And we continue to discover that this administration has -- and apparently has had for some time -- curiously elastic definitions of "Humane treatment" or "consistent with the Geneva Conventions"
After American Taliban recruit John Walker Lindh was captured in Afghanistan, the office of Defense Secretary Donald H. Rumsfeld instructed military intelligence officers to "take the gloves off" in interrogating him.
The instructions from Rumsfeld's legal counsel in late 2001, contained in previously undisclosed government documents, are the earliest known evidence that the Bush administration was willing to test the limits of how far it could go legally to extract information from suspected terrorists. [...] The documents, read to The Times by two sources critical of how the government handled the Lindh case, show that after an Army intelligence officer began to question Lindh, a Navy admiral told the intelligence officer that "the secretary of Defense's counsel has authorized him to 'take the gloves off' and ask whatever he wanted."
Lindh was being questioned while he was propped up naked and tied to a stretcher in interrogation sessions that went on for days, according to court papers. In the early stages, his responses were cabled to Washington hourly, the new documents show.
A Defense Department spokesperson said Tuesday evening that the Pentagon "refused to speculate on the exact intent of the statement" from Rumsfeld's office to the military authorities interrogating Lindh. "Department officials stress that all interrogation policies and procedures demand humane treatment of personnel in their custody," the spokesperson said. "The department is committed to searching further to ascertain the original source of the comment brought to their attention by The Times."
[...] In court hearings and legal papers, [Lindh's] attorneys complained that he was deprived of sleep and food, that his leg wound was not treated, and that for 54 days he was neither allowed legal assistance nor told that his father had retained lawyers on his behalf in San Francisco. Lindh's lawyers declined to comment on the matter this week, noting that a provision of his 2002 plea agreement stated he would not bring up the conditions under which he was held overseas. [...] On Dec. 14, 2001, Haynes' deputy, Paul W. Cobb Jr., told Lindh's San Francisco lawyers that "our forces have provided him with appropriate medical attention and will continue to treat him humanely, consistent with the Geneva Convention protections for prisoners of war." But court documents suggest that Lindh was treated much as the prisoners later were at Abu Ghraib. Along with nudity and the sleep and food deprivation, Lindh was allegedly threatened with death. One soldier said he "was going to hang." Another "Special Forces soldier offered to shoot him." At other times, soldiers took photos and videos of themselves smiling next to the naked Lindh, another image eerily similar to the Abu Ghraib photos.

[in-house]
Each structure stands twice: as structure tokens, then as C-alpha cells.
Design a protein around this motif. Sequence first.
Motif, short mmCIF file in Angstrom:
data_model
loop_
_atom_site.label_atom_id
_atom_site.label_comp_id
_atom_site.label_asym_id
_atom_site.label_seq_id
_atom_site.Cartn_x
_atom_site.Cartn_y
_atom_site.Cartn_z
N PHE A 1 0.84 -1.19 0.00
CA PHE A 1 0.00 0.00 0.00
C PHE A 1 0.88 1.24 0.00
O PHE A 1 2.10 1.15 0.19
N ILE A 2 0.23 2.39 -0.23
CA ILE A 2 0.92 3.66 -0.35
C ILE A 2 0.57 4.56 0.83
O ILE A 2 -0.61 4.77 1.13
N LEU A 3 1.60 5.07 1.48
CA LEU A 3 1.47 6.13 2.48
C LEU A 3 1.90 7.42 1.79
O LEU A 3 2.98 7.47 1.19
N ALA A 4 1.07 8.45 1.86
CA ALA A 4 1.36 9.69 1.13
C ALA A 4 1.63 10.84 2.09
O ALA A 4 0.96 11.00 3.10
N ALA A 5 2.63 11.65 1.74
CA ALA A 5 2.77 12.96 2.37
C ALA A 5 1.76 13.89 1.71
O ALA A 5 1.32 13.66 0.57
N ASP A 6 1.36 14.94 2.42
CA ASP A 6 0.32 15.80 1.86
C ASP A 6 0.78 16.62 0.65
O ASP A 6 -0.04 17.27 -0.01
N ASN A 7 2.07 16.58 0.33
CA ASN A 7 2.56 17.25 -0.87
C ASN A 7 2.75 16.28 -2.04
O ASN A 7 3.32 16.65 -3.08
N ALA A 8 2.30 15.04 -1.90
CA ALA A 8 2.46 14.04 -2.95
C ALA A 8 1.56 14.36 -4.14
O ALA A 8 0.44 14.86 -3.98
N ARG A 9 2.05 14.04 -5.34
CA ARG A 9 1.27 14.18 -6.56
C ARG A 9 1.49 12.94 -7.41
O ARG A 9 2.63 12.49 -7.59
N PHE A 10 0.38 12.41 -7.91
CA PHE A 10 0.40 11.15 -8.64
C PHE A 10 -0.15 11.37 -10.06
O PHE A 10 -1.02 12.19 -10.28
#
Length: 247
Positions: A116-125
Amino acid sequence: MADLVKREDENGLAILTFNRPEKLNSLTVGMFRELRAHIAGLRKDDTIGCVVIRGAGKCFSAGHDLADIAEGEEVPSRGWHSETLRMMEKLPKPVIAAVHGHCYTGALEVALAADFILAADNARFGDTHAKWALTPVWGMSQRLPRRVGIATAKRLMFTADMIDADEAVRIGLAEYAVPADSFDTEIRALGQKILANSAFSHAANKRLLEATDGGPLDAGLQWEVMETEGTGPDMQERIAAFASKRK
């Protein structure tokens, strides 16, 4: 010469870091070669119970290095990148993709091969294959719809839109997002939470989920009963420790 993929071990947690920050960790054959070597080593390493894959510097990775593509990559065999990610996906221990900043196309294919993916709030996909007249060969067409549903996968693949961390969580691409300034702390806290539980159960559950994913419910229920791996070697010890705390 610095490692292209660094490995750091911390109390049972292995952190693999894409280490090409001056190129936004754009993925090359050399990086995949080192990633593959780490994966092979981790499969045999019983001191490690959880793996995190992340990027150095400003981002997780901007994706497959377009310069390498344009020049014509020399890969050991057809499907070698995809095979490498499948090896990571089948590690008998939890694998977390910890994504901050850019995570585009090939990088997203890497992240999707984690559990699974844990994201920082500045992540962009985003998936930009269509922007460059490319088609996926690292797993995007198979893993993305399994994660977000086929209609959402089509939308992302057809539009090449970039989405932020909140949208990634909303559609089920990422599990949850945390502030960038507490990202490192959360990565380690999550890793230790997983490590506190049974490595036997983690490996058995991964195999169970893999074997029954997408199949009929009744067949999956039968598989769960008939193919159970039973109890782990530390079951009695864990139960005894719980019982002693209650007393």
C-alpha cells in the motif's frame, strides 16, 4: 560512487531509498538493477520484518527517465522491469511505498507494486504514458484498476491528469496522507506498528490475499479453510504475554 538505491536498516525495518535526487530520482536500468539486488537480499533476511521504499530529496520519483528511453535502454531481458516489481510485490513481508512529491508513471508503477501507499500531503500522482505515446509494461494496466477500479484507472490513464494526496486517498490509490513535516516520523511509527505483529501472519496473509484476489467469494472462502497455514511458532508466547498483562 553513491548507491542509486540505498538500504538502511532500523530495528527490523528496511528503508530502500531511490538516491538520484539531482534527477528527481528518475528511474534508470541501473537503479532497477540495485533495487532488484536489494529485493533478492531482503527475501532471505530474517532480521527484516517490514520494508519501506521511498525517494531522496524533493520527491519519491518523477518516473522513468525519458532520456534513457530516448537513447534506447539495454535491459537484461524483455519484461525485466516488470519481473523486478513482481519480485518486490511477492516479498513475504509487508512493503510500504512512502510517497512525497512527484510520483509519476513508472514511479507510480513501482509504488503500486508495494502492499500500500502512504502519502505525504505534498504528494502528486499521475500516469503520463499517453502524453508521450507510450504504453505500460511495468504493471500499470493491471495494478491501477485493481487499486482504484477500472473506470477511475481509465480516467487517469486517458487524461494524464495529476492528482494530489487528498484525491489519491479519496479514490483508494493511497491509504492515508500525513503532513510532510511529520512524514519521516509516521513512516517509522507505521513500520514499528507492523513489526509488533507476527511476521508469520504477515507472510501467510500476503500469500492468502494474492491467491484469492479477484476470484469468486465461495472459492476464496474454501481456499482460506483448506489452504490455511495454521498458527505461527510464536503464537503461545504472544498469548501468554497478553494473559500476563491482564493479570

Such actions appear to be in violation of the Geneva Convention, which requires that prisoners have adequate clothing, food and sleep and not be threatened or subjected to degrading treatment.
Absent that provision in his plea agreement, Lindh would seem to have ample grounds for having his sentence overturned. The case would also be irretrievably damaged by these actions on the part of the government; you could not get a conviction from any reasonable jury on these charges once the treatment was known.
I do understand why Lindh's lawyers had him plead guilty. If nothing else, the plain fact is that he could not possibly have hoped to get a fair trial on those charges, in this time and place. All you would have had to do was mention the word "Taliban" in the courtroom -- and the government would almost certainly have tried him out of the district court in New York, regardless of where he lived, because they're the federal government and they can do that sort of thing if they like. And in 2002, New York was understandably in no mood to care that the government was in the business of torturing confessions out of people; they'd probably have cheered.
One wonders what really did happen to all those Muslims who were disappeared into the federal prison system around that same time. To be sure, by now, so we're told, most have been released and deported. (Most.) We've heard allegations of mistreatment, of course, and the Justice department verified quite a few of those charges. But given the types of mistreatment in which the government seems to specialize, absent documentary evidence, many of the people tortured would never have spoken of it. Which the government seems to be counting on.Posted by iain at June 09, 2004 01:47 PM